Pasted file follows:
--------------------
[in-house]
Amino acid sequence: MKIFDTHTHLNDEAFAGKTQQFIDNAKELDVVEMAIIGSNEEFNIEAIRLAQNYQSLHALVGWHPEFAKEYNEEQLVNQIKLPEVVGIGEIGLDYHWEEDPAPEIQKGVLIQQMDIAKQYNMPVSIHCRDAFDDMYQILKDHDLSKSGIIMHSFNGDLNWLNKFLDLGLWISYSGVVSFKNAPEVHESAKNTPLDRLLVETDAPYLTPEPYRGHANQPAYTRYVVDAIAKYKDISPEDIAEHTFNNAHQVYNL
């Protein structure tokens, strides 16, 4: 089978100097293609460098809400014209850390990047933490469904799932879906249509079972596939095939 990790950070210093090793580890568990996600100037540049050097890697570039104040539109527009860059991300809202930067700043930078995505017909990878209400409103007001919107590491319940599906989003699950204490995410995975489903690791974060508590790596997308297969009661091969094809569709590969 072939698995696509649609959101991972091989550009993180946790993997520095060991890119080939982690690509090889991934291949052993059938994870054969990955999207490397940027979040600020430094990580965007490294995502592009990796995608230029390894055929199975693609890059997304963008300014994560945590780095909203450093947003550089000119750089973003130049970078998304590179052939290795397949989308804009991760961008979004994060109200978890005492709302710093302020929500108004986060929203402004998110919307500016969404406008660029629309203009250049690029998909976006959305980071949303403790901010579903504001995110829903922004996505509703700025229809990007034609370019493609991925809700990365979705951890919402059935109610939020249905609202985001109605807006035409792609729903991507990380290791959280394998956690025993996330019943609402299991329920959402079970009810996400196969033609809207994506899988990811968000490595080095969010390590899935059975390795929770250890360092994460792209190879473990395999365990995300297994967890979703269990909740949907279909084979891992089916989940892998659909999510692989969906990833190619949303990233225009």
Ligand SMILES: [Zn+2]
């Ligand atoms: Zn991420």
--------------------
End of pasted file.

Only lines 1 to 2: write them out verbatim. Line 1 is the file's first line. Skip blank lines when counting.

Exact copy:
[in-house]
Amino acid sequence: MKIFDTHTHLNDEAFAGKTQQFIDNAKELDVVEMAIIGSNEEFNIEAIRLAQNYQSLHALVGWHPEFAKEYNEEQLVNQIKLPEVVGIGEIGLDYHWEEDPAPEIQKGVLIQQMDIAKQYNMPVSIHCRDAFDDMYQILKDHDLSKSGIIMHSFNGDLNWLNKFLDLGLWISYSGVVSFKNAPEVHESAKNTPLDRLLVETDAPYLTPEPYRGHANQPAYTRYVVDAIAKYKDISPEDIAEHTFNNAHQVYNL